The 3 Elements of a Service-Connected Disability Claim

The Knowledge NinjaFor a veteran to establish a service-connected disability, a viable claim must include these three elements:

Current Diagnosis

• Chronic physical or mental disability
This can refer to physical conditions, such as a back injury, or a disease or illness (such as diabetes or cancer), or mental health conditions such as post-traumatic stress disorder (PTSD) or traumatic brain injury (TBI).

Documented Event In Service

• Eligible periods of service
Although an eligible period of service varies from benefit to benefit, it would be active duty service for a specified length of time during a specific period of time, e.g. 90 days total service with at least one day within a period of war.

• A verifiable stressor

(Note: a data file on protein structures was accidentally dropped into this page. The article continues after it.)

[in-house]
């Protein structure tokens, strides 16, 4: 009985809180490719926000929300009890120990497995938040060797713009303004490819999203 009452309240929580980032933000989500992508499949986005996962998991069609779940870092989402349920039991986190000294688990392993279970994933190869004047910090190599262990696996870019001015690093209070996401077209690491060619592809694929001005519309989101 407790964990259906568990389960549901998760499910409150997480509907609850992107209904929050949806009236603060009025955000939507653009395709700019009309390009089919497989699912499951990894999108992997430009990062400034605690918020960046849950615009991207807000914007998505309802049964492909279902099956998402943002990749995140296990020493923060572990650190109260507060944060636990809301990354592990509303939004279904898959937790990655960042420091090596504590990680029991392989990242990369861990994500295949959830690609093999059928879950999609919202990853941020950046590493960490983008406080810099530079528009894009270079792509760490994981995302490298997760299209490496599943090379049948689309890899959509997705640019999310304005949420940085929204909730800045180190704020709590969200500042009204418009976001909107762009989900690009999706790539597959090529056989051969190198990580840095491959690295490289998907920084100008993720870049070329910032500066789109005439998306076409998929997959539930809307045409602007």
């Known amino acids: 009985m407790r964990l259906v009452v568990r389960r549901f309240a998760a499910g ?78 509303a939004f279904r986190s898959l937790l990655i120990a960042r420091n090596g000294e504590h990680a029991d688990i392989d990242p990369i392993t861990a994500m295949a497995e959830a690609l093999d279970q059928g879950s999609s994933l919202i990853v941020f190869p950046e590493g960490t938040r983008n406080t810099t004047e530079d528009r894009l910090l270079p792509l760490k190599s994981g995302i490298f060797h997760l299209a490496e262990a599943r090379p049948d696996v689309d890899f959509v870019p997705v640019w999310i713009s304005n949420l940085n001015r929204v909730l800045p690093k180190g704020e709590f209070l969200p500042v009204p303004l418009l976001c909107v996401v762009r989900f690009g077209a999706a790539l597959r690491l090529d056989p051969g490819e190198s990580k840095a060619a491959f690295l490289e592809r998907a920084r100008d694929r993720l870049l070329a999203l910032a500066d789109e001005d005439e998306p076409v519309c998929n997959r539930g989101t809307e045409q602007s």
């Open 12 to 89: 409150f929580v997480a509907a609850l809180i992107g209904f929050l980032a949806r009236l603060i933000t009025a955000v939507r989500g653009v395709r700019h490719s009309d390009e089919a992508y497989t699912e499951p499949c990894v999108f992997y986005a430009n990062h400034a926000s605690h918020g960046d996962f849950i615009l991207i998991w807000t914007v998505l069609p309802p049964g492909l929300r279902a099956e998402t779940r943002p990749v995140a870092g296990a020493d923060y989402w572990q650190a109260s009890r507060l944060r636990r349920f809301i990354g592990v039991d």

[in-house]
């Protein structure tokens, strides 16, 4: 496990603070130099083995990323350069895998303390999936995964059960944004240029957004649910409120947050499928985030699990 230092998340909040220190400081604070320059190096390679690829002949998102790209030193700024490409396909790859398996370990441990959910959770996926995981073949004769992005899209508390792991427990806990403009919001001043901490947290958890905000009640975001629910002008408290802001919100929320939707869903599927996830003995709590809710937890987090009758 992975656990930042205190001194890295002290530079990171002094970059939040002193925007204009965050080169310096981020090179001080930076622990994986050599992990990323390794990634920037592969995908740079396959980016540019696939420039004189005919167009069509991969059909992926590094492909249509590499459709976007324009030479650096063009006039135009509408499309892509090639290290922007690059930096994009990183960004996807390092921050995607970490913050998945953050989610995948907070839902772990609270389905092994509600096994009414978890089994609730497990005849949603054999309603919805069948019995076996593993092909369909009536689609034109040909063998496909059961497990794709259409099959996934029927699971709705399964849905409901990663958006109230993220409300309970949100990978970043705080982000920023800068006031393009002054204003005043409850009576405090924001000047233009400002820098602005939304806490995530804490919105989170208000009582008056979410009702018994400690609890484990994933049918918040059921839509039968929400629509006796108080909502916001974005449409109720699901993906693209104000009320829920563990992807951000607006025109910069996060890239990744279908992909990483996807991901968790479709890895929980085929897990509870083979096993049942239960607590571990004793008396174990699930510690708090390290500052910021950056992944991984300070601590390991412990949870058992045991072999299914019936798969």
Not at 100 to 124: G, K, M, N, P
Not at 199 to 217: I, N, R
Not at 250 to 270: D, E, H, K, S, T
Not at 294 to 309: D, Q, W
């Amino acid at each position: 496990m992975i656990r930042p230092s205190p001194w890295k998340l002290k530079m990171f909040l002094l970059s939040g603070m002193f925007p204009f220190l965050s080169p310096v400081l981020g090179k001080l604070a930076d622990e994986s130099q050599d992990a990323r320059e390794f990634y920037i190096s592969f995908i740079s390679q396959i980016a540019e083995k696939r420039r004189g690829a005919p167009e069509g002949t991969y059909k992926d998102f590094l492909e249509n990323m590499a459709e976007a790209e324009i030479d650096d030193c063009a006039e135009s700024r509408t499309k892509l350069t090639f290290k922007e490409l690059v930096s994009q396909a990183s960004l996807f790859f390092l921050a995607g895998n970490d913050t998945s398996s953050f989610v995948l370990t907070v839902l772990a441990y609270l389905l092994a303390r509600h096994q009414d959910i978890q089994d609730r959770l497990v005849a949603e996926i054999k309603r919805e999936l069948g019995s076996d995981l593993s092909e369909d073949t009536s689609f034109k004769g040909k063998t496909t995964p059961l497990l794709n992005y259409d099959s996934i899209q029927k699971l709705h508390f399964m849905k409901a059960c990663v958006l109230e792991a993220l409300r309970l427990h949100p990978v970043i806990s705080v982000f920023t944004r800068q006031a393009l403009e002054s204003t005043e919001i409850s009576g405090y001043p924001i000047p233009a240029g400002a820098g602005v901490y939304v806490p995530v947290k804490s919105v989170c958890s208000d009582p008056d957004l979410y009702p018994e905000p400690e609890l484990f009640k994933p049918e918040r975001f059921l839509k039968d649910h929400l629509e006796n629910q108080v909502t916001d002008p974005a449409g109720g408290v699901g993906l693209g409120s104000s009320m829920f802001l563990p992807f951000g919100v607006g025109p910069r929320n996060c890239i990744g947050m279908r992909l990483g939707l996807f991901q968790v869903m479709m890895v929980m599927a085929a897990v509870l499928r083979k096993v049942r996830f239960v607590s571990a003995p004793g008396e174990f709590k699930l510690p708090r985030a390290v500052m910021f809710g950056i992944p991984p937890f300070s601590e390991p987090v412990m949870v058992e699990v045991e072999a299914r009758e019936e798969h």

A stressor can be a single incident or event (vehicle rollover, explosion, exposure) that caused an injury, illness, or health condition that is documented and can be substantiated.  The stressor can also be a period of time during an active duty deployment, such as Vietnam, Iraq, or Afghanistan.

A Link Between the Two

The VA must find a ‘nexus’, or connection between the current diagnosis and an in-service event.  Several things help establish that connection:

• Continuity of treatment
Medical documentation detailing treatment of the injury, disease, or illness since discharge.

A disease subject to presumptive service connection (38 CFR 3.309)
Certain diseases or conditions have been granted automatic service connection following service in a period of war on or after Jan. 1, 1947. You can find a list of presumptive diseases here under the “Service Connection” heading.

Credible medical opinion
This is a letter from a specialist — not a general practioner — that adds to a veteran’s medical documentation that states the veteran’s condition was more likely than not caused or aggravated by active duty service.

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